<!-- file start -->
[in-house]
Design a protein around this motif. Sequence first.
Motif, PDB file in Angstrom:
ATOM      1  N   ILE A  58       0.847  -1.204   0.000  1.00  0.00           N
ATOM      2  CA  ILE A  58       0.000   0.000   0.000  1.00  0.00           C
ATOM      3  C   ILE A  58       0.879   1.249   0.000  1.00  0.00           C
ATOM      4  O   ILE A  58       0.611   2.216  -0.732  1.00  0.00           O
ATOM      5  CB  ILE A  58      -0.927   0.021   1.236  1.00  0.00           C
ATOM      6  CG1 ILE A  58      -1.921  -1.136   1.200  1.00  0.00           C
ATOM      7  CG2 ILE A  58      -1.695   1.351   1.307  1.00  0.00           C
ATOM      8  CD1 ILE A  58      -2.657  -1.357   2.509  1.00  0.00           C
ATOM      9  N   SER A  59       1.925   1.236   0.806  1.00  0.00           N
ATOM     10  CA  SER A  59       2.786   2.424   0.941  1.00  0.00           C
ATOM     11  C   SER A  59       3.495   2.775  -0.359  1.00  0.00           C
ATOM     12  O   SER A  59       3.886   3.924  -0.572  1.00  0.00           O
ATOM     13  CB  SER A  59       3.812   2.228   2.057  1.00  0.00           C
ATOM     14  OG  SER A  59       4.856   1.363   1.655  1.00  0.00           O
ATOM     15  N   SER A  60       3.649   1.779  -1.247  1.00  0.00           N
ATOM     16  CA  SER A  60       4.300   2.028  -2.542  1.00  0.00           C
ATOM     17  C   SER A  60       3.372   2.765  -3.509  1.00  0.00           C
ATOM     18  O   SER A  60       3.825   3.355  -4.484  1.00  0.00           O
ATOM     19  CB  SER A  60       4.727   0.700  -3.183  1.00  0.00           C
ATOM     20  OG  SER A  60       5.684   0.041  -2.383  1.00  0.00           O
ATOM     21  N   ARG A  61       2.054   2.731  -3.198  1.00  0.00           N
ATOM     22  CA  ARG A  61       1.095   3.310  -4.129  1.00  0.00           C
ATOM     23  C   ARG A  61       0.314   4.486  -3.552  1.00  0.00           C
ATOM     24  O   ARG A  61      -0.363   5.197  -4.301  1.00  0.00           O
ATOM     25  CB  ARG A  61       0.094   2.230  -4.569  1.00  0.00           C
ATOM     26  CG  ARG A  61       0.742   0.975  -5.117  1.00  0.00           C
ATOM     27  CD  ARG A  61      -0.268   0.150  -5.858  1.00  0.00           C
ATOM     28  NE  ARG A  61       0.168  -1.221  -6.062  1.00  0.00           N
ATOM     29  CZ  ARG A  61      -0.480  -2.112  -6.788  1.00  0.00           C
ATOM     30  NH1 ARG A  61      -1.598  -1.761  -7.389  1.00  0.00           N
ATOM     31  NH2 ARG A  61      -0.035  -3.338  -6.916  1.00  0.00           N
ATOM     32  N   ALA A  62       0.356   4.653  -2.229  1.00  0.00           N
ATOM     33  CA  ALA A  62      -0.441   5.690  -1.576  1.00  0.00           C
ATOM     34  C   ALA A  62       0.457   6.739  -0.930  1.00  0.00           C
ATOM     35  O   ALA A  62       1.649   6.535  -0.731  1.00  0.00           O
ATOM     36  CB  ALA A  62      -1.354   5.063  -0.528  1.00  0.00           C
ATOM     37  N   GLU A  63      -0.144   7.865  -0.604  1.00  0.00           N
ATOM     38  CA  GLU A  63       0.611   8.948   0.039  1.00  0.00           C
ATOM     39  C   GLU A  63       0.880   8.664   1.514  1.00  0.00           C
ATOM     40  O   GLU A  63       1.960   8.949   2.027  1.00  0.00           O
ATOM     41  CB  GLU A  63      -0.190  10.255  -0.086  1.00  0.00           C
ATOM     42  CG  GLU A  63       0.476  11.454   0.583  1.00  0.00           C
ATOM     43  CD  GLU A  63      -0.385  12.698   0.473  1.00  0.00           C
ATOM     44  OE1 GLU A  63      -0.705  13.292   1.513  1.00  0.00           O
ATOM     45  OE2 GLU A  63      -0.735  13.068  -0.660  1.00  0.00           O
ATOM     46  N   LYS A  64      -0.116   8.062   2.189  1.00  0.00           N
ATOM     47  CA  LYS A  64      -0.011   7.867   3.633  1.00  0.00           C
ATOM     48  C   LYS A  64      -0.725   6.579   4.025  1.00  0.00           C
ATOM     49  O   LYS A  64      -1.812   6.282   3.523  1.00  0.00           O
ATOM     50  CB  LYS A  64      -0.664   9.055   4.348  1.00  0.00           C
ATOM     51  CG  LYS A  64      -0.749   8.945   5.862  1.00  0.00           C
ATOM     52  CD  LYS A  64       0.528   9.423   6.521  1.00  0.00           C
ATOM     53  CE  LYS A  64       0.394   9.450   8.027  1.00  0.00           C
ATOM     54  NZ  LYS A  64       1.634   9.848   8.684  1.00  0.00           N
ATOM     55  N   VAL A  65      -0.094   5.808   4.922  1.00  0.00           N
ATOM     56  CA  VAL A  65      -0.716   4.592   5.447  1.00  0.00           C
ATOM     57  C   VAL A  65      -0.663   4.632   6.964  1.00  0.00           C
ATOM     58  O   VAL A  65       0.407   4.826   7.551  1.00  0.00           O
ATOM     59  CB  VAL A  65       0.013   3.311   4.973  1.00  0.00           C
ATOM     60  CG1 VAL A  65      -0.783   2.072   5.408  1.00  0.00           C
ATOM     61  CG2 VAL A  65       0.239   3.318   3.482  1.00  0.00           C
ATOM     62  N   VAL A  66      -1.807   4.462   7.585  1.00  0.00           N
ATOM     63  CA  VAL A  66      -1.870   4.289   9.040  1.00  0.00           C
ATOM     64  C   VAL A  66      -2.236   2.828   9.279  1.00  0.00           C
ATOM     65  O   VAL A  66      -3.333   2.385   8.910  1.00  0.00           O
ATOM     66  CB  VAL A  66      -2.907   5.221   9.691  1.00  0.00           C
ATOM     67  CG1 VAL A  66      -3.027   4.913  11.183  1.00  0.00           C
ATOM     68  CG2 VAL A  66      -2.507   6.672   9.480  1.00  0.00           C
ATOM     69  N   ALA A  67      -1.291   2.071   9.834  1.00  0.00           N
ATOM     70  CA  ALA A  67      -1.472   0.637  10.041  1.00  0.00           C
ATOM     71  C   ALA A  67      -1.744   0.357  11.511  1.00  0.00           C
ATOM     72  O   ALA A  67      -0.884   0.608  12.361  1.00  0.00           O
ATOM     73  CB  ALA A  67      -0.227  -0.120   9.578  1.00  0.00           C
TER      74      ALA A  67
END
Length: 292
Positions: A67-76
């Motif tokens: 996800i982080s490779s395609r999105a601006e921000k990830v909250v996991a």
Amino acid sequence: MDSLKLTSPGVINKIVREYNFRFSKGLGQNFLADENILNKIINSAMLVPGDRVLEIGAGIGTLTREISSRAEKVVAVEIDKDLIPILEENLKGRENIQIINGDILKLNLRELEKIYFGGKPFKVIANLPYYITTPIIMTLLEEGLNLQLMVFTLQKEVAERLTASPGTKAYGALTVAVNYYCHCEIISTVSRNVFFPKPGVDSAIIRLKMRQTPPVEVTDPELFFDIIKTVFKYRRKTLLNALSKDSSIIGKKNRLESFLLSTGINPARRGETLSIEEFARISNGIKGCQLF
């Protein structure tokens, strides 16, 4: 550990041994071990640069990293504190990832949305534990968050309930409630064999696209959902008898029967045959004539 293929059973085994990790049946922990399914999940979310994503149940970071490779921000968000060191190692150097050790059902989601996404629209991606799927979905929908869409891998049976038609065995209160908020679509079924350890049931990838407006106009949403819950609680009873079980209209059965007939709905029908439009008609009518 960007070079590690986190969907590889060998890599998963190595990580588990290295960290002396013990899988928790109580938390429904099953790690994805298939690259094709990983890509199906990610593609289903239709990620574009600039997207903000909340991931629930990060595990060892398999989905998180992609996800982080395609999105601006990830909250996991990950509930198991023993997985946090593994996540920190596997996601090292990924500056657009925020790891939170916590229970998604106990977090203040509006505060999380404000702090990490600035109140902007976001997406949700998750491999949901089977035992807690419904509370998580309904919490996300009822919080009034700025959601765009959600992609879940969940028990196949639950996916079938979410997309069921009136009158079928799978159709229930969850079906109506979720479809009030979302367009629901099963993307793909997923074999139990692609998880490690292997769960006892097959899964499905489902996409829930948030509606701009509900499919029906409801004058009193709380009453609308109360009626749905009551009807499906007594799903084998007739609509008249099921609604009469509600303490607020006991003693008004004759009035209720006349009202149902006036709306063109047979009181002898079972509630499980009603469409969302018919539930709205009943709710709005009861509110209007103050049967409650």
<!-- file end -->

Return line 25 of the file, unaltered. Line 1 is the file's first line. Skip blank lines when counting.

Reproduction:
ATOM     22  CA  ARG A  61       1.095   3.310  -4.129  1.00  0.00           C